When you consume calories from carbohydrates, your body metabolizes them differently than the same amount of calories from fat or protein due to the thermic effect of food (TEF). TEF describes the extent to which energy is expended (how many calories are burned) given the metabolic requirements to digest and absorb a specific food. Basically, you’ll burn more calories digesting certain foods compared to others.

The thermic effect of each macronutrient is as follows: Fat: 2–3%, Carbs: 6–8%, Protein: 25–30%. If you consume 100 calories of protein, which has roughly a 25% thermiceffect, you absorb about 75 calories, and 25 calories are utilized to metabolize that protein. If you eat 100 calories of carbs and the thermic effect is 7%, you absorb about 93 calories and use 7 calories for the metabolism of that food. Keep in mind the numbers may not be exact, but, in general, it takes more energy to metabolize protein than carbs or fat. When trying to lose weight, a diet composed mostly of lean proteinand whole foods rather than processed ones gives you more bang for your metabolic buck.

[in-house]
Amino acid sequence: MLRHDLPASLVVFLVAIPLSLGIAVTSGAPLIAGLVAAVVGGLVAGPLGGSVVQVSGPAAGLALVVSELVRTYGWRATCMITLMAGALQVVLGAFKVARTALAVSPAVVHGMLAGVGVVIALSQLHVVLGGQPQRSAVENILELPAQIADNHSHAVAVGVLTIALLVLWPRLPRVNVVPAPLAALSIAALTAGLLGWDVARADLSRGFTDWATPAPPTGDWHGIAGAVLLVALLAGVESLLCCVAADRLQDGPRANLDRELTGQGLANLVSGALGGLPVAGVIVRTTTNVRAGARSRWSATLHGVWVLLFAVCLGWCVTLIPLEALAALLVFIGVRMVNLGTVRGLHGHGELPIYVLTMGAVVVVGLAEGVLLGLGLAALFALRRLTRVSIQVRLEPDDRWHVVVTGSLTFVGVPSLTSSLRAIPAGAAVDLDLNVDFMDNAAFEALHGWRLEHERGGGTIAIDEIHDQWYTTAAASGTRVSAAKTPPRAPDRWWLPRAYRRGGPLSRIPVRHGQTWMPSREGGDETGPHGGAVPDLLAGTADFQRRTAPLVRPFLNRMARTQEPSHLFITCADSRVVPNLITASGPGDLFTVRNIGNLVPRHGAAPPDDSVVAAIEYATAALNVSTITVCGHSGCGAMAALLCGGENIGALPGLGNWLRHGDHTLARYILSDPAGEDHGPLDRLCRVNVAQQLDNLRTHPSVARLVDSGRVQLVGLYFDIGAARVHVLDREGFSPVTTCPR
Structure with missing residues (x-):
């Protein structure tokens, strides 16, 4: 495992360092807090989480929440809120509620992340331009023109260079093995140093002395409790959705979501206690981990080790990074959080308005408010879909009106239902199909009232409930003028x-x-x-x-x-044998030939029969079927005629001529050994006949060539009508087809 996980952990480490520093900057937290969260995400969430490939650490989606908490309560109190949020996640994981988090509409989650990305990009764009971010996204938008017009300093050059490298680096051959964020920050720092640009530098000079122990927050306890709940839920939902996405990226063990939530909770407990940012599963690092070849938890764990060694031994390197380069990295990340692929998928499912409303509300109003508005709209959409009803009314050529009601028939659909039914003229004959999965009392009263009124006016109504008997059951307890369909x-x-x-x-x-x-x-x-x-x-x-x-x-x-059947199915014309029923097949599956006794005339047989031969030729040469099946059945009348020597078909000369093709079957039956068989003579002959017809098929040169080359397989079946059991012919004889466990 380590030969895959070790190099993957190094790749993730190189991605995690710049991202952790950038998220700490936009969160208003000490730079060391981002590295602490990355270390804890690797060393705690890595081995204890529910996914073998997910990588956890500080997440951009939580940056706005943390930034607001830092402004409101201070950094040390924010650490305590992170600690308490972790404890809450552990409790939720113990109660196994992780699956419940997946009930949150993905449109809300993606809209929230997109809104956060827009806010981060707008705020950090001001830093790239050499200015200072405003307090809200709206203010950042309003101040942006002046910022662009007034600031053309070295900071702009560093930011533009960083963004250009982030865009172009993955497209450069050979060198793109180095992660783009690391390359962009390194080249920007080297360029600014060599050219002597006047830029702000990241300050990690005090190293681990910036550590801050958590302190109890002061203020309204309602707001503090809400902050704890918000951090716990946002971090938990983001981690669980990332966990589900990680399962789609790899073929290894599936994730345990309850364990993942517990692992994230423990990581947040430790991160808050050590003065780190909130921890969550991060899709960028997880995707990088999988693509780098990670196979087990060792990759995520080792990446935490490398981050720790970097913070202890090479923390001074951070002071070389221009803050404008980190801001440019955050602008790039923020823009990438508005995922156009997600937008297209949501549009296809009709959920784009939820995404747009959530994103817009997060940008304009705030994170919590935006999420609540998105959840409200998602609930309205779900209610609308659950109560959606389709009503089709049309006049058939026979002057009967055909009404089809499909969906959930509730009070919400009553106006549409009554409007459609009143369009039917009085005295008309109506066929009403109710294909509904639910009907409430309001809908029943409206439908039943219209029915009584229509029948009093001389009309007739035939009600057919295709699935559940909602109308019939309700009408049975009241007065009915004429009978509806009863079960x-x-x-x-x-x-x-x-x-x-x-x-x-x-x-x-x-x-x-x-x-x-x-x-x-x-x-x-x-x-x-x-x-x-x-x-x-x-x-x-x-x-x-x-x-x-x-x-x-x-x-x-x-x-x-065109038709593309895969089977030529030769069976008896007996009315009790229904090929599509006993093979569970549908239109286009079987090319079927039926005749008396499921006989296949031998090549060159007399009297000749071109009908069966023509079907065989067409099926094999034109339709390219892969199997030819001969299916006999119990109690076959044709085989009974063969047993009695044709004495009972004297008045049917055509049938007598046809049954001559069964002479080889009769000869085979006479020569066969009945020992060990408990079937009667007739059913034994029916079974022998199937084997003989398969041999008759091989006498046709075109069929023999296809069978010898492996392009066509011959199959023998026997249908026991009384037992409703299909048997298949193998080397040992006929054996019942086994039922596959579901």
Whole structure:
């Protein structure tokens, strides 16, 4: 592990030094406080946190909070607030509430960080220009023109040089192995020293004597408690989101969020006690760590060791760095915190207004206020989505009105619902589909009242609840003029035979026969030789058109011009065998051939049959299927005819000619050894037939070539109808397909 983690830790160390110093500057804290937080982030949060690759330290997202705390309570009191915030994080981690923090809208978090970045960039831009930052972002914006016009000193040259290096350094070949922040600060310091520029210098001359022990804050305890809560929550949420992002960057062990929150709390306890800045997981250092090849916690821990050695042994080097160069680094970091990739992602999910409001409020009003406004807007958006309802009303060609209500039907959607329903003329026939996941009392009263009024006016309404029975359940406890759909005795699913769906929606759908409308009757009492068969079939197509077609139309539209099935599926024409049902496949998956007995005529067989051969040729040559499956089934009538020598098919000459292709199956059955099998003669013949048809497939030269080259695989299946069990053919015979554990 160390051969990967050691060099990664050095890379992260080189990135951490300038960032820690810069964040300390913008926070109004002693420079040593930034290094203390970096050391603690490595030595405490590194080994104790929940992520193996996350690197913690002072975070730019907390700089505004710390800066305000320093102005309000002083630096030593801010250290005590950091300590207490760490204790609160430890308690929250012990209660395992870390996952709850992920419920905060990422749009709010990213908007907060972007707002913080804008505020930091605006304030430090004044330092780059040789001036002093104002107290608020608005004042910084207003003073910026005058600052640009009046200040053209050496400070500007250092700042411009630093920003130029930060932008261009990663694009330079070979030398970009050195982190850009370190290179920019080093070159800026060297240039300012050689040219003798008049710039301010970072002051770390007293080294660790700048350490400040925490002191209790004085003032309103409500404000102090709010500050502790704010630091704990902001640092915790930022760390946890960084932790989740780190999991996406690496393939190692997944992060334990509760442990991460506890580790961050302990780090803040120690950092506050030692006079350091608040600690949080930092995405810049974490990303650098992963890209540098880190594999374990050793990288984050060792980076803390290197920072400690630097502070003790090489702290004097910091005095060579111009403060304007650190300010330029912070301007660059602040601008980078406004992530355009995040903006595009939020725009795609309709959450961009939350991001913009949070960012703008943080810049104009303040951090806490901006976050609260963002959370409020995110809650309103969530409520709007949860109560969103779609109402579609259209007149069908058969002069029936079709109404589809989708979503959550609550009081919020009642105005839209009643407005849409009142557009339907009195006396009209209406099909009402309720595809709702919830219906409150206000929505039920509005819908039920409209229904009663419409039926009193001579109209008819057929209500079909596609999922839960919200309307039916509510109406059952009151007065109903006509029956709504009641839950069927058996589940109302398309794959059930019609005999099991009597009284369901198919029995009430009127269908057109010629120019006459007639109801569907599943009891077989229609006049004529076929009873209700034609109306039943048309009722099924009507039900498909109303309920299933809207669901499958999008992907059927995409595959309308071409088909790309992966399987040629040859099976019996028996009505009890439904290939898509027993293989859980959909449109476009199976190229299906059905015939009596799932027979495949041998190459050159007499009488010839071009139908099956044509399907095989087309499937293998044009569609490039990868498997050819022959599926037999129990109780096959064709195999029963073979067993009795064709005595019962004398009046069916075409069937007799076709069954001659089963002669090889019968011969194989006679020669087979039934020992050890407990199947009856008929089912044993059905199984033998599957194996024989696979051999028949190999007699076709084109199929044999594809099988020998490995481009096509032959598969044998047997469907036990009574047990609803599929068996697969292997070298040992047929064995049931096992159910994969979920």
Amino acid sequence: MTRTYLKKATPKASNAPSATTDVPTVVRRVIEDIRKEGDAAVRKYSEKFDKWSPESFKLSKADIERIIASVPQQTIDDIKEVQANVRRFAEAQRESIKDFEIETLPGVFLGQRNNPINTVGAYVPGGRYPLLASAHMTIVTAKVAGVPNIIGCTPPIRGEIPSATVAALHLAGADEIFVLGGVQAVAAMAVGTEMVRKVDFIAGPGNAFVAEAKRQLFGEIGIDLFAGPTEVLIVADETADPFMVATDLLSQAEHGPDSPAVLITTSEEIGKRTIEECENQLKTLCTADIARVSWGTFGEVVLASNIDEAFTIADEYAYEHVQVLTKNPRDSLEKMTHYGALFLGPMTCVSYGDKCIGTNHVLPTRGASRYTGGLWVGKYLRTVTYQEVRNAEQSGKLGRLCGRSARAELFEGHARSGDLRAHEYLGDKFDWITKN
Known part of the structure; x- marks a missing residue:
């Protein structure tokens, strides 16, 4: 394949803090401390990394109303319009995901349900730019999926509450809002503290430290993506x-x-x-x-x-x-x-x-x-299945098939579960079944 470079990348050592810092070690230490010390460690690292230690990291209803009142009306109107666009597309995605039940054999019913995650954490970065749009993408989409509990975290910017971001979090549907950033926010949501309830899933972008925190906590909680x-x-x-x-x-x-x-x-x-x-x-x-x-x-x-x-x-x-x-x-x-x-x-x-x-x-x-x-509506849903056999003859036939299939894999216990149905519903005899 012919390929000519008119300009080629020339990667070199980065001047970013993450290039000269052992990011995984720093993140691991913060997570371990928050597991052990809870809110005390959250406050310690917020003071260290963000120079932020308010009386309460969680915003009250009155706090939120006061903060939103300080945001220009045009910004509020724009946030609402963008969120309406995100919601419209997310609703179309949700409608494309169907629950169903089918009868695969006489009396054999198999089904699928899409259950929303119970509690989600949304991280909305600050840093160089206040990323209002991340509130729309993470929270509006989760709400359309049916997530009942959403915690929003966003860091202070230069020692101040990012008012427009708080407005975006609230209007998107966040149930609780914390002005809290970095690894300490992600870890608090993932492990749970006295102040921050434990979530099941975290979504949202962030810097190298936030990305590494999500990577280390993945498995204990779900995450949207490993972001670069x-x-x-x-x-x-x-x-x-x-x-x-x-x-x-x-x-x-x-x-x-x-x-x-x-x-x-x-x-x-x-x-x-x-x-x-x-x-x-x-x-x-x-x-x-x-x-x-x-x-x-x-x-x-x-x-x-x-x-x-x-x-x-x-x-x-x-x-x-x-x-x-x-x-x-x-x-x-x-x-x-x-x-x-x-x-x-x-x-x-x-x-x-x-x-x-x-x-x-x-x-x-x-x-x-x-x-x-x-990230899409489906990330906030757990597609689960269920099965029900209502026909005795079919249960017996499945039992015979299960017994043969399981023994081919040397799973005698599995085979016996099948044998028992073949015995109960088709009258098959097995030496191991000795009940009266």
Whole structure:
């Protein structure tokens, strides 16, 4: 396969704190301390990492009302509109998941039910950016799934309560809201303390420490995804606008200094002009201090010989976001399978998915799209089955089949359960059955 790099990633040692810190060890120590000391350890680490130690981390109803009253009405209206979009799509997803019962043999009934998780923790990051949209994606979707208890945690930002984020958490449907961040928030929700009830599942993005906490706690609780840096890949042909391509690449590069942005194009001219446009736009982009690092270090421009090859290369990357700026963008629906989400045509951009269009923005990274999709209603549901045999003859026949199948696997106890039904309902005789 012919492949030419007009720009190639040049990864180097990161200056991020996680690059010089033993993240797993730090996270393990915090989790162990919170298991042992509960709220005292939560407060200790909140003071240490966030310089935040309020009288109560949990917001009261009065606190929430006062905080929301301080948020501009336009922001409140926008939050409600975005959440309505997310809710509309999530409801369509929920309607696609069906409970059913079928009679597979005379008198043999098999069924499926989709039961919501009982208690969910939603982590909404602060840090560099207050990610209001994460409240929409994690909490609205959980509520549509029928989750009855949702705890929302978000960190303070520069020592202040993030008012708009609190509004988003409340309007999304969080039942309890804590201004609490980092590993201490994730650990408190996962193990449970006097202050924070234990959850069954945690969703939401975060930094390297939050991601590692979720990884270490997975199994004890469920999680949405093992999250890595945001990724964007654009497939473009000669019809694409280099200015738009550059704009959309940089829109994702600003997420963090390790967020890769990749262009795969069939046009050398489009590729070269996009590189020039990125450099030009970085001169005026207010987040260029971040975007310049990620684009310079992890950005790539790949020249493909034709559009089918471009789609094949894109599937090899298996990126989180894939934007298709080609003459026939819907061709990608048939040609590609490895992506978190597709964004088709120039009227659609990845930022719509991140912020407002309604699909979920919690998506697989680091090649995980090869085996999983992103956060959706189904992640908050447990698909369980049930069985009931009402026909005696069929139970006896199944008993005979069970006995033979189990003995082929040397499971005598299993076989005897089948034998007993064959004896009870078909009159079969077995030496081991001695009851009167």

Speaking of processed foods: It’s important to mention that the TEF of carbs varies a lot, too, based on whether or not the carb-containing food is high in fiber or processed and stripped of fiber. Think about white bread versus whole wheat bread: Because the white bread has been stripped of fiber and protein during processing, your body doesn’t have to do much work to break it down. (The work was literally done at the processing plant.) When it comes to whole wheat bread, your body has to do a lot more work to digest each bite because the protein and fiber are present. You want to put your GI tract to work.